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Informational Interviewing
By Laura R. Hosid   View more articles by this author
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March 17

Informational interviewing  is really just a fancy term for the dreaded “N” word – “networking.”  Everyone hates the idea of networking, yet studies show that the majority of jobs are obtained this way.  Conducting informational interviews is a form of networking  that enables you to gain valuable insight that will help you better position yourself for future opportunities.  It also allows you to expand  your network and thereby open doors to the hidden job market – the jobs that never get posted because they are filled through connections.  Informational interviewing is something that can and should be done throughout your career, whether or not you are actively engaged in a job search. 

 

Finding Potential Contacts


Your goal should be to meet with people who hold jobs that interest you – either in areas you are exploring or in careers you are certain you want to pursue.  To get your feet wet, start with “warm contacts” – usually friends of friends – as these people are likely to be more receptive to your outreach.  But there is also nothing wrong with contacting people you do not know – look for alumni of your undergraduate or graduate school, or even your high school.  Members of religious or cultural groups are also good options.  People are more inclined to want to help people with whom they have something in common. 

 

Approaching Contacts


Send potential contacts a brief e-mail introducing yourself and explaining how you got their name and what sort of help or advice you are seeking – be explicit that you are not looking for a job.  Do not attach your resume, as this often gives the wrong impression.  Ask for a few minutes of their time, and offer to come to their office or meet for coffee at their convenience.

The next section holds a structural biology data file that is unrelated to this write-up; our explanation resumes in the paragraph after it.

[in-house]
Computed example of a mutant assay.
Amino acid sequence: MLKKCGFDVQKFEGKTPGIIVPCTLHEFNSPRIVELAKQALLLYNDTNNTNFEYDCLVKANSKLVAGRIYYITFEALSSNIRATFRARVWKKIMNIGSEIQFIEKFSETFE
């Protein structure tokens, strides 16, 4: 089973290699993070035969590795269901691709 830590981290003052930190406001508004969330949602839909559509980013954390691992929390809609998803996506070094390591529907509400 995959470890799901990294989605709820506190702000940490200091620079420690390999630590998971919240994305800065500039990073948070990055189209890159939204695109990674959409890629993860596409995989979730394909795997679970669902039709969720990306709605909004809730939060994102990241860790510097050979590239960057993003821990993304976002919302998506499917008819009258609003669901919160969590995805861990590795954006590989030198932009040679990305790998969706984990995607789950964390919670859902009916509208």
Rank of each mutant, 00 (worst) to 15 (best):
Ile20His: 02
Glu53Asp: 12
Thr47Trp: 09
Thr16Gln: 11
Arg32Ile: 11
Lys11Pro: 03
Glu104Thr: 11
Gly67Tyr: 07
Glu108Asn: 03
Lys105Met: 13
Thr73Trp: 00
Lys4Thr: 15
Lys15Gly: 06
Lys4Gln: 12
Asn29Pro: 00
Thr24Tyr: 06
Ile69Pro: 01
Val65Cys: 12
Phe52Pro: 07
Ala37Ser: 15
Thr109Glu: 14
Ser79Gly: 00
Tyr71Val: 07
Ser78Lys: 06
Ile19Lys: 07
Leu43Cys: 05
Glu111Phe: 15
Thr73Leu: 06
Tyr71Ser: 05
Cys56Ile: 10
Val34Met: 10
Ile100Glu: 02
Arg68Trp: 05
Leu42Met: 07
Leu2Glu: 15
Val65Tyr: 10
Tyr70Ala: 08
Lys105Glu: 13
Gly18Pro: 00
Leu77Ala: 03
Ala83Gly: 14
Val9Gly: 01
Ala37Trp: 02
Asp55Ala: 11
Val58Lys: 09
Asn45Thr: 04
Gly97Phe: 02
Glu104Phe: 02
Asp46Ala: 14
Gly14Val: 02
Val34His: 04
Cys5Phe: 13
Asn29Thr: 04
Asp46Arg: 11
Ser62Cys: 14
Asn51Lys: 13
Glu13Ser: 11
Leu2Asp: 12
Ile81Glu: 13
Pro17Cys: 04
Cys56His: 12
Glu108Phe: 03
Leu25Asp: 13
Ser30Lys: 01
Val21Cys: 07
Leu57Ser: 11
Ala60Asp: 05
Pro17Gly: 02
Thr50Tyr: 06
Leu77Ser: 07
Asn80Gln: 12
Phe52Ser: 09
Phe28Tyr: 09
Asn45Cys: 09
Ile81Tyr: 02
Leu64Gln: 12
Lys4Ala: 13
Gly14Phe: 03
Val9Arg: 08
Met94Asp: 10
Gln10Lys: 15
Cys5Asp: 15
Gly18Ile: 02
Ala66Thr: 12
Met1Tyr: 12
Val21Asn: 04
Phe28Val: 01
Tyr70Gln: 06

Preparing for the Informational Interview


Before meeting with a  contact, make sure you are prepared.  Remember that unlike a traditional interview, the burden will be on you to keep the conversation going.  Some basic questions include:

  • What has your career path been thus far?
  • What advice do you have for someone looking to break into your field?  Are there courses I should take, organizations I should join, or periodicals I should subscribe to? 
  • What qualities do you look for in a candidate when hiring for your organization?
  • What trends are you seeing in this job sector?
  • Can you suggest anyone else for me to speak to?

This last question is key.  If the initial contact gives you additional names, these new names then become “warm contacts.” 

 

Following-up


Immediately after an informational interview, you should send a thank you note.  Let contacts know that you appreciate their time, and plan to follow up on their advice.  You should then  actively maintain all contacts by periodically checking in to update them with any new developments in your job search.  You can also forward articles that may be of interest, or send them holiday greetings at the appropriate time.  Staying on their radar screen helps to ensure they will remember you when they hear of a relevant job opening.   

 

Conclusion


The best outcome from an informational interview comes when you hit it off with a contact and he or she becomes a mentor and/or helps you find a job.  But even in the worst case – where you do not click with the contact and are not going to stay in touch – you still walk away with valuable information about the field.  Remember, “networking” is not a dirty word, and informational interviews are a great tool for anyone looking to advance his or her career. 

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